March 12, 2017

Jerusalem and Washington: Together Again

Alex Beigelman ‘18

Israeli Prime Minister Benjamin Netanyahu has been busy recently with a series of trips around the world. His most notable trip, however, has been his trip to the United States. It was the Netanyahu’s first official visit to the U.S. since President Trump’s inauguration.
Netanyahu met with political leaders of all kinds during his stay. He tweeted a picture of himself with new Secretary of State Rex Tillerson and held a meeting with top Republicans and Democrats in Congress. Nevertheless, Netanyahu’s most important meeting was with the new president. Trump has only met with four world leaders thus far, making this first meeting especially important, offering an opportunity to establish a strong Israel-America partnership with the new administration.
Netanyahu was known to have had a difficult relationship with President Obama over the years and many have feared that a bad relationship between the leader of Israel and the U.S. would lead to a weakening of the relationship between the countries. Putting those fears to rest, Netanyahu has so far shown a friendly, healthy relationship with President Trump.
In Netanyahu’s meeting with Trump, the two leaders discussed a variety of topics, mostly the Israeli-Palestinian conflict and the issues with Iranian nuclear development. They also discussed the relocation of the U.S. embassy in Israel, the conflict in Syria and the growing alliances between Israel and its Sunni Muslim neighbors against their common enemy, Iran.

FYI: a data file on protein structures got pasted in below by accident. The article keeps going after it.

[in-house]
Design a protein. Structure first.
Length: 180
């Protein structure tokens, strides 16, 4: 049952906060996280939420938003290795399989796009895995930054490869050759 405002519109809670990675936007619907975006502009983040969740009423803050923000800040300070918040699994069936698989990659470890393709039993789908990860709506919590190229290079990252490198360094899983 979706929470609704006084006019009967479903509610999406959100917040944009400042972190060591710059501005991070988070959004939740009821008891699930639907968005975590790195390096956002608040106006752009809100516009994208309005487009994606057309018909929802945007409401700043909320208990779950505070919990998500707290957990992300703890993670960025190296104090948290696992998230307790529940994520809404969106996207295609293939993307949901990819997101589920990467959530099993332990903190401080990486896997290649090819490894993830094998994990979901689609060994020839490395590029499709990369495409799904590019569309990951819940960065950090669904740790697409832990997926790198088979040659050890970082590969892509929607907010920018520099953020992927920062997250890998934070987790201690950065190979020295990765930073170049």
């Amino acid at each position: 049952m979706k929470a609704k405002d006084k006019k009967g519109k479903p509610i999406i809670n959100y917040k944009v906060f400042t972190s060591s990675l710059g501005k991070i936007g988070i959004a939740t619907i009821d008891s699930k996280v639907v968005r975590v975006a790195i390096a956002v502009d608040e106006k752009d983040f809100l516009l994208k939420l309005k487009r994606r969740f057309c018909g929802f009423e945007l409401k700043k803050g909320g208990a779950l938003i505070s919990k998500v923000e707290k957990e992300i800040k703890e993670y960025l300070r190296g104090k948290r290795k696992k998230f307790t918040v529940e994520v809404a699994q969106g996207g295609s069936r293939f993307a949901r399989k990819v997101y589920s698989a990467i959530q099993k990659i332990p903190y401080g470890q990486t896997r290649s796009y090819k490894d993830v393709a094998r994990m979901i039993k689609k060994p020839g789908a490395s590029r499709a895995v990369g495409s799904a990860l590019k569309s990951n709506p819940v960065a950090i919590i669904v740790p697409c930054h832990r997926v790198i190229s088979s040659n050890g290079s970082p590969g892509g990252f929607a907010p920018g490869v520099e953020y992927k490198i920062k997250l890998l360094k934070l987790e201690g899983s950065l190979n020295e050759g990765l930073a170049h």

The Prime Minister and the President then gave a press conference together showing their healthy relationship. They had disagreements about certain issues as any pair of leaders would, but they were able to move past them for the sake of maintaining the alliance between the two nations.
President Trump historically vowed to move the U.S. embassy to Jerusalem, a decision that might come with some serious ramifications, but he has since backpedaled away from that promise. He has his ambassador to Israel, David Friedman, working in Jerusalem, but hasn’t formally set a plan to move the embassy.
Trump has had healthy disagreements with Netanyahu about settlements. During their shared press conference, Trump said, “I’d like to see you hold back on settlements for a little while.”
Netanyahu disagreed with the notion that settlements were the main roadblock to peace and replied to Trump in a way that showed respect while disagreeing, which exemplifies the good relationship between the two men.
Netanyahu said in an interview with Fox News personality Sean Hannity that he had been friends with Trump since his time as the Israeli Ambassador to the U.N. The two men have fostered a friendship, going back many years, and share mutual respect. Netanyahu has expressed a strong desire to work with the new president and hopes that they can pursue peace together as a united force in the Middle East.
This meeting has helped establish a strong friendship between Trump and Netanyahu, increasing the strength of the alliance between their respective countries. It has brought them together on issues such as nuclear proliferation and radical Islamic terrorism, uniting the U.S. with Israel and similarly Iran-weary countries in the region, like Saudi Arabia.
On the issues they don’t agree on, the Trump administration has been forced to learn the complexities of the reality in the Middle East. The focus has now turned to formulating official, realistic, stances on the various issues faced in the region. A big issue has been the transitioning from campaigning to governing and this recent meeting with Netanyahu has helped the new administration reevaluate its stances and plans and adjust to the reality of the situations.
Netanyahu’s trip, above all else, has reestablished Israel as a top priority for the administration and provided an opportunity for the two nations to rebuild a strong alliance after eight years of disagreements and conflicts.

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